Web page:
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Oram Award Winners announced On BBC Radio 3 Late Junction

The winners are: Ain Bailey, Andie Brown, Cee Haines (CHAINES), Natalie Sharp (Lone Taxidermist), Nwando Ebizie (Lady Vendredi) and Steph Horak (SheIsRevolting)

Awards ceremony taking place at Kings Place, London on Saturday 15th June

Live performances by Klein, Loraine James, Lady Vendredi and Sally Golding, DJ set by Beatrice Dillon

  • Third annual award presentation to recognise talented music creators innovating in music, sound and related technologies
  • Awards ceremony to take place on Saturday 15th June at Kings Place London, as part of Venus Unwrapped, hosted by Tina Edwards (Worldwide FM) and awards presented by Matthew Herbert (composer and director of The New BBC Radiophonic Workshop)
  • The six winners are Ain Bailey, Andie Brown, Cee Haines (CHAINES), Natalie Sharp, Nwando Ebizie (Lady Vendredi) and Steph Horak (SheIsRevolting)
  • Winners to receive development bursaries from PRS Foundation
  • Expanded programme in 2019 with a series of daytime events including workshops and talks hosted by BBC Research & Development and Goldsmiths, University of London and previous Oram Award winners.
  • Light and Sound installation – Chirp & Drift by 2017 Oram winner Kathy Hinde will be free and open to the public all afternoon
  • DJ set by Beatrice Dillon and live performances by Oram Awards winner Lady Vendredi and former Oram Awards winners Klein, Loraine James and Sally Golding.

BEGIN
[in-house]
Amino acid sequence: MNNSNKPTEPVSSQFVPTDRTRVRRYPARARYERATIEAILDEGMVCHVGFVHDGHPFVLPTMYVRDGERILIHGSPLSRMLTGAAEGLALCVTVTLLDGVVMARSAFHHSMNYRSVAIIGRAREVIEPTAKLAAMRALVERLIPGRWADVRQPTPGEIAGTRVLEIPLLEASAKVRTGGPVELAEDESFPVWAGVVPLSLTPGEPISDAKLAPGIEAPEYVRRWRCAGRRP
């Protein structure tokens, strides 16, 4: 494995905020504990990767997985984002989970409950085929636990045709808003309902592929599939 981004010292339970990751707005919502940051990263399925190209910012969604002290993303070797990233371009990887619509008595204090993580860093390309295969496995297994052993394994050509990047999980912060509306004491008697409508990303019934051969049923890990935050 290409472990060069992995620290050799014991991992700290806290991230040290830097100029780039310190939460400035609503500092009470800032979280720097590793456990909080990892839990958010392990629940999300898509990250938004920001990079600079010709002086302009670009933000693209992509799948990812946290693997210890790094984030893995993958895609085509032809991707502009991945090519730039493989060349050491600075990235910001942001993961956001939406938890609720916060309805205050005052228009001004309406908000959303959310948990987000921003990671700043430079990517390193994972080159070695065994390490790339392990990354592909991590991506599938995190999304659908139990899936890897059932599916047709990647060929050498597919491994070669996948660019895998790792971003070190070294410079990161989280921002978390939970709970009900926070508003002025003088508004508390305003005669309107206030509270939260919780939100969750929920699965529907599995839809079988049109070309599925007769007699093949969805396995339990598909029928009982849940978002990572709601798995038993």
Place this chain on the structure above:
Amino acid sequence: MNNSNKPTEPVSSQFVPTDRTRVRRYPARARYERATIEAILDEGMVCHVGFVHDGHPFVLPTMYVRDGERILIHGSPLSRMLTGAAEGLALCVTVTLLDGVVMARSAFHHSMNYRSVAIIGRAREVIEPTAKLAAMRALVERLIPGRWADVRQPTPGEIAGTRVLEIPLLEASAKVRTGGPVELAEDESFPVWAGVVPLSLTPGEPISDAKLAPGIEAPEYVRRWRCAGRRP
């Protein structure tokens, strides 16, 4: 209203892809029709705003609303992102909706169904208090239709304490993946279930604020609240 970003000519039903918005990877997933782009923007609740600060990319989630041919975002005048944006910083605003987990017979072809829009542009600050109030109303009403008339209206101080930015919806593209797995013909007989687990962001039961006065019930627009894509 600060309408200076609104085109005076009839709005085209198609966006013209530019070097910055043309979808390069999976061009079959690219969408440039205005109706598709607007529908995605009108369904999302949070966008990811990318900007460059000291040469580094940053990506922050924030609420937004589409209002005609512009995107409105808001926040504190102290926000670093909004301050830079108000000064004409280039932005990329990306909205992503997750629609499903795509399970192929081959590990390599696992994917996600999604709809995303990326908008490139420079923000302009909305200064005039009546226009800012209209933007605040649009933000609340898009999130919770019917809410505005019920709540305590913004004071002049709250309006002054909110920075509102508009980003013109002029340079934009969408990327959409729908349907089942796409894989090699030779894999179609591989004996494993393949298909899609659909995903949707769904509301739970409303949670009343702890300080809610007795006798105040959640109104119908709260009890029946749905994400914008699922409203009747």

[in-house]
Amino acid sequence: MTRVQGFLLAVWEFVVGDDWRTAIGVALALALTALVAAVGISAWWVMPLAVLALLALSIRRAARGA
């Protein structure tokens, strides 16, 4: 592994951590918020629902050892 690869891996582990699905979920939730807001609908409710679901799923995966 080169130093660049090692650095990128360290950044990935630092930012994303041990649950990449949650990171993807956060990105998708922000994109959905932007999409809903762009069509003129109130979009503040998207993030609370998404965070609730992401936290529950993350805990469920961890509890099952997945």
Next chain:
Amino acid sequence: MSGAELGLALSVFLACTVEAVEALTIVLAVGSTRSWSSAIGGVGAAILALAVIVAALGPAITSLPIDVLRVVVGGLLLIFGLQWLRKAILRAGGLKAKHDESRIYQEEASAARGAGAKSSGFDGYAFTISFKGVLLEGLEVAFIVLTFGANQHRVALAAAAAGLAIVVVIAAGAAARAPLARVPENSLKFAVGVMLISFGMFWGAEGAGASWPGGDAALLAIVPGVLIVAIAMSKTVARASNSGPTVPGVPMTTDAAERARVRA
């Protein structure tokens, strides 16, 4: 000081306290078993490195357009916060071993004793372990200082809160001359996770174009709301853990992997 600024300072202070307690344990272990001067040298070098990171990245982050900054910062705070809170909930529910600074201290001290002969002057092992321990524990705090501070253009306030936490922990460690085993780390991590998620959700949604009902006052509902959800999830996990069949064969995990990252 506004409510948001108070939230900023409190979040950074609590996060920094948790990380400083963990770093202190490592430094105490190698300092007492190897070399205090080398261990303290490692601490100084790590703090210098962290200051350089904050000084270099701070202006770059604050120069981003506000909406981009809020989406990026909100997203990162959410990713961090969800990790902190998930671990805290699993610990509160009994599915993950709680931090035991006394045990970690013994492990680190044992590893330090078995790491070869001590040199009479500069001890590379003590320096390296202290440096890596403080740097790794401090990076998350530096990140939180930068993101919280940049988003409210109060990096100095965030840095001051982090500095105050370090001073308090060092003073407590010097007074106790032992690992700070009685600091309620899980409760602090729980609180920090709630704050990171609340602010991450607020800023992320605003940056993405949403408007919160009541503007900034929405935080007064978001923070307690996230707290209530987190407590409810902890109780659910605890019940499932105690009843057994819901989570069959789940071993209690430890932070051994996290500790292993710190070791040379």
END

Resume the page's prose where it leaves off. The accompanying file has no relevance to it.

The Oram Awards 2019 is the third annual event celebrating innovation in music, sound and related technologies by the next generation of forward thinking artists – an initiative by PRS Foundation, the UK’s leading charitable funder of new music and talent development, in partnership with The New BBC Radiophonic Workshop. This forms part of Venus Unwrapped, Kings Place’s flagship series.

Last evening (Wednesday 12th June) BBC Radio 3 Late Junction, hosted by Verity Sharp announced the winners live on air:

Ain Bailey is a sound artist and DJ. Her practice involves an exploration of sonic autobiographies, architectural acoustics, performance, as well as collaborations with performance and visual artists, such as Sonia Boyce and Jimmy Robert.

Andie Brown began performing and recording as a solo artist in 2007 under the name These Feathers Have Plumes. Experimenting with glass and electronics, Andie has created what she terms an “augmented glass harp” and in recent years her work has focused on sound installation.

Cee Haines is a composer and multi-instrumentalist who writes surreal and fantastical electro-acoustic music under the moniker CHAINES. Their album, ‘The King’, was met with critical acclaim (The Wire Magazine, FACT Magazine), and their works for the London Contemporary Orchestra have been premiered at major venues including The Royal Albert Hall (BBC Proms, 2018).

Natalie Sharp is a 360 artist from Cumbria at the forefront of what The Quietus described as ‘New Weird Britain’. As Lone Taxidermist, her practice focuses on presenting live music in non-conventional settings, challenging existing frameworks and expectations. Exploring issues around gender and sexuality, her practice pushes at the parameters of the live environment

Nwando Ebizie has been carving out her own particular strand of Afrofuturism as Lady Vendredi.